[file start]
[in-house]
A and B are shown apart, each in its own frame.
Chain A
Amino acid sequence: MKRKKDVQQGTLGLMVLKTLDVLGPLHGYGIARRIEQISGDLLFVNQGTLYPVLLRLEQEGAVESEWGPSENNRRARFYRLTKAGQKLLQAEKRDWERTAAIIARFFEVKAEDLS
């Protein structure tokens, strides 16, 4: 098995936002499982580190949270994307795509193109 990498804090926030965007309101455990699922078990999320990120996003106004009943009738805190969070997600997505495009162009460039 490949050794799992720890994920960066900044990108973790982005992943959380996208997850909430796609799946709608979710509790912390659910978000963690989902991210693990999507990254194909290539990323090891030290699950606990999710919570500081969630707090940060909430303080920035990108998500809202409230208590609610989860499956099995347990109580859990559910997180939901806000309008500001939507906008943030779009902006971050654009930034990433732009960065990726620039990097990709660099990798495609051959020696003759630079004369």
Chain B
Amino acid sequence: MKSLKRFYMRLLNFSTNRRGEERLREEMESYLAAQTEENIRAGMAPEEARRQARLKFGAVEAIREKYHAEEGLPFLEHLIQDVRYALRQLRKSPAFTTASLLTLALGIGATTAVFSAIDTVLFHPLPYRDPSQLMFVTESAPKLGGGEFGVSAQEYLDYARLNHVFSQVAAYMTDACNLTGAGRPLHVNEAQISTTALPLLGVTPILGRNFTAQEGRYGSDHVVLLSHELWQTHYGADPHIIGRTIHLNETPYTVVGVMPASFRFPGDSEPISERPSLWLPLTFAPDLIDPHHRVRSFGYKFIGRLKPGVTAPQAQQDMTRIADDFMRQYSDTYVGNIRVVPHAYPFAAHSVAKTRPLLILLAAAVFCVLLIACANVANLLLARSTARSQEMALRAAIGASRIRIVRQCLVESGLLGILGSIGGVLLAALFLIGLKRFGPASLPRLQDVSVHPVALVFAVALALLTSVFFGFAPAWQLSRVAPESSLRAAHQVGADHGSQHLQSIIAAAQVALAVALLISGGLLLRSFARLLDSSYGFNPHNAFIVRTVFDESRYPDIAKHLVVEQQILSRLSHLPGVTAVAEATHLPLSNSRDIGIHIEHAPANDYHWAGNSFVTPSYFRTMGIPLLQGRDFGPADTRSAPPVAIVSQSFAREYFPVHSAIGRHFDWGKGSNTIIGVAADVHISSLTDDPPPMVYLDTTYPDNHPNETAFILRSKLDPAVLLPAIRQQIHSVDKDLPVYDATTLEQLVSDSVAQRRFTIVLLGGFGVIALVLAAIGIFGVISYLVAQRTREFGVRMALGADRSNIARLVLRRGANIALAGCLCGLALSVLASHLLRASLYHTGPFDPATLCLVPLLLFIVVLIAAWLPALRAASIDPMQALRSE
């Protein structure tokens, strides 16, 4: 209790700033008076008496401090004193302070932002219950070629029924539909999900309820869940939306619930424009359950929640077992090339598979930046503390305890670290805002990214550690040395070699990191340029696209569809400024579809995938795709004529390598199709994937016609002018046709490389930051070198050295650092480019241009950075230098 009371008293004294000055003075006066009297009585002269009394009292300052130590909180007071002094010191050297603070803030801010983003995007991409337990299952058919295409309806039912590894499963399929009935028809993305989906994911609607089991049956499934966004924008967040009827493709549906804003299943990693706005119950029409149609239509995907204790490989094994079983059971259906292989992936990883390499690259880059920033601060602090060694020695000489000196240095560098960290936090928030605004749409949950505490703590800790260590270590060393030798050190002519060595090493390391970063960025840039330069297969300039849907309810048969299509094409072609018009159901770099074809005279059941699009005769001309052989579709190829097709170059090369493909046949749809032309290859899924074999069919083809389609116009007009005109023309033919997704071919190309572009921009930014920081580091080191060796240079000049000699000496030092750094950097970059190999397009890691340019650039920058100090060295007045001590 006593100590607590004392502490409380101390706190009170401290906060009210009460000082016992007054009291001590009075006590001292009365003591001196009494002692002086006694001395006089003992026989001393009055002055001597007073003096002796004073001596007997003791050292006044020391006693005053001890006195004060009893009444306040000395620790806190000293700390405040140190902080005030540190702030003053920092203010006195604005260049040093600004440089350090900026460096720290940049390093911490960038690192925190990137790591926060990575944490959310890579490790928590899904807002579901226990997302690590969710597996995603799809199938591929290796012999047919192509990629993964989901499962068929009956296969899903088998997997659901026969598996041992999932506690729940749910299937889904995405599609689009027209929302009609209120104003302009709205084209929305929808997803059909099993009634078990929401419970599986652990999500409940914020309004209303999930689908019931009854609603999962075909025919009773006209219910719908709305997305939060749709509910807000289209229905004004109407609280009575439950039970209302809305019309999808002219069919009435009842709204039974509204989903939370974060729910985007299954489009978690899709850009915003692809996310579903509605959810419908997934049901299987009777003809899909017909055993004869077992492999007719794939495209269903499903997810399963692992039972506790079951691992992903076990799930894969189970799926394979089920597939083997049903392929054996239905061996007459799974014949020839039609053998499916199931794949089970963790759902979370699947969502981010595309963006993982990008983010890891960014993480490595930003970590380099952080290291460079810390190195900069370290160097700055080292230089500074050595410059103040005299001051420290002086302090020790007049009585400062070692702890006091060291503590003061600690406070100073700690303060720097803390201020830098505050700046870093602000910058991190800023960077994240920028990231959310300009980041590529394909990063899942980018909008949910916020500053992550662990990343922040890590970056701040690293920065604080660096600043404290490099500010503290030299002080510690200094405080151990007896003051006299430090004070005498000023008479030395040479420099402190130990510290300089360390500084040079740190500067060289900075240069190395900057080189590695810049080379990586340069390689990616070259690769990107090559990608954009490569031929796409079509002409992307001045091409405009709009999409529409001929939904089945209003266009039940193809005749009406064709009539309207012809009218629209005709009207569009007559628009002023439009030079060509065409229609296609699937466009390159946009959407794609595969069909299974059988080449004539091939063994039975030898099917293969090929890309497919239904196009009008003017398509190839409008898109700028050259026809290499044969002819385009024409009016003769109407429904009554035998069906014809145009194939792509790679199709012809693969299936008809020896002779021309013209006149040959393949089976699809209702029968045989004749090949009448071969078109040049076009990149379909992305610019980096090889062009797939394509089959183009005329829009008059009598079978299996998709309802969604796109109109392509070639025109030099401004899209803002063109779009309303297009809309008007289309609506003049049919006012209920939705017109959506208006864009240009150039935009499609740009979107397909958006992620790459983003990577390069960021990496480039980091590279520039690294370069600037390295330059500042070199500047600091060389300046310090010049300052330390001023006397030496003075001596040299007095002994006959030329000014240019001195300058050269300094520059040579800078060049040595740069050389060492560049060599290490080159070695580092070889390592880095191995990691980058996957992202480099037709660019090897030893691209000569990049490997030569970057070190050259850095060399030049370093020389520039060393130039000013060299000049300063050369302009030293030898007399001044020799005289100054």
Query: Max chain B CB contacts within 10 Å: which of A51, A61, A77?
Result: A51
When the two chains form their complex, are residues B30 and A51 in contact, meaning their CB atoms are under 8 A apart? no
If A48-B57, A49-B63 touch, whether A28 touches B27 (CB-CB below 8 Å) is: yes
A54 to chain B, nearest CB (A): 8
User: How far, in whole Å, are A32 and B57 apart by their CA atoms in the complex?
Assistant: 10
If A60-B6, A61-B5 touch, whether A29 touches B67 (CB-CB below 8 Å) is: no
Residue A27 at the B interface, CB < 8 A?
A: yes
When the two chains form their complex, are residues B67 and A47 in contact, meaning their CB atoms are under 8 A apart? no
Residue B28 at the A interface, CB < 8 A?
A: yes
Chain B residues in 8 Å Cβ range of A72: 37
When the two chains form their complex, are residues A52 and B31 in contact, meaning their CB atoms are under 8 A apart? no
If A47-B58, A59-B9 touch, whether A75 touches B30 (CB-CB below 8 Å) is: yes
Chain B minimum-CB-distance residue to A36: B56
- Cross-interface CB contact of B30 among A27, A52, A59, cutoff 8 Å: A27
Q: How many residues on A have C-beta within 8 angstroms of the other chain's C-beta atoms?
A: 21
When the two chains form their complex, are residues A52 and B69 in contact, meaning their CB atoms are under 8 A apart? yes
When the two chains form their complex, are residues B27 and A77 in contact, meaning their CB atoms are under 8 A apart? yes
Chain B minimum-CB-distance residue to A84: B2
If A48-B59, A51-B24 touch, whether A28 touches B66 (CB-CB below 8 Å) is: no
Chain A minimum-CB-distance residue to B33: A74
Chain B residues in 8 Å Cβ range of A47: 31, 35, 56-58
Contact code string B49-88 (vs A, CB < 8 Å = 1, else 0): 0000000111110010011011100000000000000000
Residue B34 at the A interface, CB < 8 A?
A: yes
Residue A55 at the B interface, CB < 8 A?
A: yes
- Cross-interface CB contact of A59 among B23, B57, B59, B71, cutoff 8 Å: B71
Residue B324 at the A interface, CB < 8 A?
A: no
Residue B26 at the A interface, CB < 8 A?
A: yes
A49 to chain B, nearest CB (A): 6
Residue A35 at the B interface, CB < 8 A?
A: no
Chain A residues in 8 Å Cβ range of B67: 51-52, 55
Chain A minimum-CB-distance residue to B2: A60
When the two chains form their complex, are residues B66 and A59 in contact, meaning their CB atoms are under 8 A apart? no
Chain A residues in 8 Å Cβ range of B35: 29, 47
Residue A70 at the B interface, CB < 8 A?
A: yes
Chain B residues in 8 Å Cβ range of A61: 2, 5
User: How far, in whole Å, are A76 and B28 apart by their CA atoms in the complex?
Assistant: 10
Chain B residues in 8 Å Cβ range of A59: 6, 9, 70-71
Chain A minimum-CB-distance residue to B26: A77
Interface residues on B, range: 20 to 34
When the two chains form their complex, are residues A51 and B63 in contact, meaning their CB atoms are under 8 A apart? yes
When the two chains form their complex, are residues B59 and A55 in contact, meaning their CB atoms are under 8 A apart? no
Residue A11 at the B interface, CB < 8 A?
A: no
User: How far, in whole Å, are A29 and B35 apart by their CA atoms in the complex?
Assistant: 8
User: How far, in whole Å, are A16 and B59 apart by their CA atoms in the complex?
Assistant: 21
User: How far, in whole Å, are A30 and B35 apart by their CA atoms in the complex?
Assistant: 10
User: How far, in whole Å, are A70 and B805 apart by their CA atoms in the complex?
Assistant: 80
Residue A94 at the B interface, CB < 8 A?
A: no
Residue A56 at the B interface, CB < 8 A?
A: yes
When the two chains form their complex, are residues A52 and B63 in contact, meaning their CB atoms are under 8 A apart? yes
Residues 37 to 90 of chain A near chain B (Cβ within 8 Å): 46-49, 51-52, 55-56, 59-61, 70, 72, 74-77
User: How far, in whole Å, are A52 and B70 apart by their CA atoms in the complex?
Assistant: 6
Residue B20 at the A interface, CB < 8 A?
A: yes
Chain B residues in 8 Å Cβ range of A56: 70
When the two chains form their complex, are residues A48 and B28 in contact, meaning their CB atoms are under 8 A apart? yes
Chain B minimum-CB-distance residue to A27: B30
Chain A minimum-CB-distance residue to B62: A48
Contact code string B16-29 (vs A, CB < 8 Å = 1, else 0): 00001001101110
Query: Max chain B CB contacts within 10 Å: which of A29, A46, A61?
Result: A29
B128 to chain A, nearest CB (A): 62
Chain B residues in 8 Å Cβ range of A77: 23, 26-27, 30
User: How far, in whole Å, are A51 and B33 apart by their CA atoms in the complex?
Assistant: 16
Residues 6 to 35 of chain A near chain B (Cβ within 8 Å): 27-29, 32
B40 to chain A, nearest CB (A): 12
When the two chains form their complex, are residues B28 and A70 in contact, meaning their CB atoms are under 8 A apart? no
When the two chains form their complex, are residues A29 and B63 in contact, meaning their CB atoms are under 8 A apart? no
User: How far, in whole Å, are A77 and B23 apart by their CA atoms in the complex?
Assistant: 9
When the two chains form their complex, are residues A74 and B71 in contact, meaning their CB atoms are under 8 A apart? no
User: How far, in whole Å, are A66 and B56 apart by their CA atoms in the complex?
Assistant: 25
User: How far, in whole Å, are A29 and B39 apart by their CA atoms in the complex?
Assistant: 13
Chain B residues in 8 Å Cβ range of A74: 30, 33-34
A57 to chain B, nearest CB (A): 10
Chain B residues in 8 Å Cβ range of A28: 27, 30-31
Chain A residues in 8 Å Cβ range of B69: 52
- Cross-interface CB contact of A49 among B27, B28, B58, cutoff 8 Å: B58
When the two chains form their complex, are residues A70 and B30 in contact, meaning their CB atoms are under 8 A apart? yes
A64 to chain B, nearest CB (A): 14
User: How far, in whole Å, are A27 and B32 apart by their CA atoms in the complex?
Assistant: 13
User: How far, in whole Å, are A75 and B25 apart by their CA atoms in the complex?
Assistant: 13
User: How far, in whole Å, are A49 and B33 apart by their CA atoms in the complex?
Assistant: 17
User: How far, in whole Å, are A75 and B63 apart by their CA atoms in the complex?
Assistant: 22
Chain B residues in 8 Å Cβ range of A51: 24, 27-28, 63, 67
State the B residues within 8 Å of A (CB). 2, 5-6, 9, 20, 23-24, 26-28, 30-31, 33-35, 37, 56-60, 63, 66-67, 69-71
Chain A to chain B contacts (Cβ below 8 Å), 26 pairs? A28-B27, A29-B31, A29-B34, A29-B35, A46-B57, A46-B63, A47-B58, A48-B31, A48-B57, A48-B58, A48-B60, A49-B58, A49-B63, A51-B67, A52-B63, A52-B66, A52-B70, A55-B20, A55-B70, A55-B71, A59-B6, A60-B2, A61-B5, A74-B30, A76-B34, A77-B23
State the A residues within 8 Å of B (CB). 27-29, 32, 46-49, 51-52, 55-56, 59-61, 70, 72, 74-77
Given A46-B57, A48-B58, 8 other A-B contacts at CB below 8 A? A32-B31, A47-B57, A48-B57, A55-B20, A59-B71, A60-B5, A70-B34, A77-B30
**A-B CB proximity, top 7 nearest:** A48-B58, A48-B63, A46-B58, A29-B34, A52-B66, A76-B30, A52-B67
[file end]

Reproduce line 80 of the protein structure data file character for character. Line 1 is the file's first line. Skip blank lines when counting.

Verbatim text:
Residue B20 at the A interface, CB < 8 A?